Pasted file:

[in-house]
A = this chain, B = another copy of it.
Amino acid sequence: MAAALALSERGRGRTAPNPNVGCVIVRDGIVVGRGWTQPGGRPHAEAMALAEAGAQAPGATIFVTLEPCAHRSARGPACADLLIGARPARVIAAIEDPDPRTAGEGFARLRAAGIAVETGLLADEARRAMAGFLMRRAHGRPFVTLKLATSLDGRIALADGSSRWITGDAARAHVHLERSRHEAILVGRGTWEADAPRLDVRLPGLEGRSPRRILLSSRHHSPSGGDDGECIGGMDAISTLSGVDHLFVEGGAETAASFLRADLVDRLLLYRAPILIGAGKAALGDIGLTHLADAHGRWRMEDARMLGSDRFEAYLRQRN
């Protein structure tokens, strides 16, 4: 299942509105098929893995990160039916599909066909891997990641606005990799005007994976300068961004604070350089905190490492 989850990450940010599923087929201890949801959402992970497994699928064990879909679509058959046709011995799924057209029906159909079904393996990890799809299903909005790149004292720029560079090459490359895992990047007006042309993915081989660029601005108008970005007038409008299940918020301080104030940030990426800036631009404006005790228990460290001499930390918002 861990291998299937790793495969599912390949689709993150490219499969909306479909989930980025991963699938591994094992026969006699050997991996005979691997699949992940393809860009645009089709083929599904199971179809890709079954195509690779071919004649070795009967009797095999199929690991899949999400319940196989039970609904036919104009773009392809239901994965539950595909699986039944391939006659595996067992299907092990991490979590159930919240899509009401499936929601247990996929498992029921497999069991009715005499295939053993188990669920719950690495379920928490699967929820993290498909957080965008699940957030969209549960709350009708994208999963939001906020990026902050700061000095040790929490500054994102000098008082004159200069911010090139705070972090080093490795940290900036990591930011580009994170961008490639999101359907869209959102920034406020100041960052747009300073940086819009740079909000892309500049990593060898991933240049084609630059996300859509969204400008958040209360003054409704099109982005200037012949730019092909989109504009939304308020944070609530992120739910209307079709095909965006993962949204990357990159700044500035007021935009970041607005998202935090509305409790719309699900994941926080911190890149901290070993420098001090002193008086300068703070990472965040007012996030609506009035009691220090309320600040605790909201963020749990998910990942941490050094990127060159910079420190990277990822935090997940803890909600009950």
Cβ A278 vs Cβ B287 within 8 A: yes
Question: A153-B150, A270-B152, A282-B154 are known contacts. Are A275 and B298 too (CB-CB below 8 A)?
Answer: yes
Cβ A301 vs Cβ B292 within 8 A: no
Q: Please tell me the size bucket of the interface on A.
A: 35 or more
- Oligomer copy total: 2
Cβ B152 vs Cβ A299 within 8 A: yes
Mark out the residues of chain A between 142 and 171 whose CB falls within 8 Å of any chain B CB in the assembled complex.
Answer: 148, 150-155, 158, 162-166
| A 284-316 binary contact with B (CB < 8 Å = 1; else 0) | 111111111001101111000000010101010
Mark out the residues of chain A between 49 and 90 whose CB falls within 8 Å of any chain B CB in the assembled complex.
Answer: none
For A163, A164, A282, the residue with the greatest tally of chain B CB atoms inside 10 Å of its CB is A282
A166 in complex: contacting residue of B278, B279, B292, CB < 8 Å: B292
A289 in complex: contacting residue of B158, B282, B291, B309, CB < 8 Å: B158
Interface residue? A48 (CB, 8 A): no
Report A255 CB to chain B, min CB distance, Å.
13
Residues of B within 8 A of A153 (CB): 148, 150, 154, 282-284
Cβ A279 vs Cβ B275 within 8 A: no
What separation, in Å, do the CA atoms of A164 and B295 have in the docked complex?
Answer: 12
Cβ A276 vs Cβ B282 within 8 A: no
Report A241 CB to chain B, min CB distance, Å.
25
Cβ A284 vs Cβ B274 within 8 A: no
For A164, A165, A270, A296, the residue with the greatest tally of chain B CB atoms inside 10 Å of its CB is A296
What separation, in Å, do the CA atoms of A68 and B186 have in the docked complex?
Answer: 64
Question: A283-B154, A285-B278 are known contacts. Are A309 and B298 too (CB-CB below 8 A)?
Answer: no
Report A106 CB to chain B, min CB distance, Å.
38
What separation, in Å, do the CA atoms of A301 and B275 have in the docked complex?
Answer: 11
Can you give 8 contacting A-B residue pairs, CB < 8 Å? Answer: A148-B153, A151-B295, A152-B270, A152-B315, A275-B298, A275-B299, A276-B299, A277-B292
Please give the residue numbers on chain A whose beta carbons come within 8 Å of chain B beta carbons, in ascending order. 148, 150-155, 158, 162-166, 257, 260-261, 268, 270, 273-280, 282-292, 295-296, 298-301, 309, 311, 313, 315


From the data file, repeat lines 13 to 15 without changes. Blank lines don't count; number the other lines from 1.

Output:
Mark out the residues of chain A between 142 and 171 whose CB falls within 8 Å of any chain B CB in the assembled complex.
Answer: 148, 150-155, 158, 162-166
| A 284-316 binary contact with B (CB < 8 Å = 1; else 0) | 111111111001101111000000010101010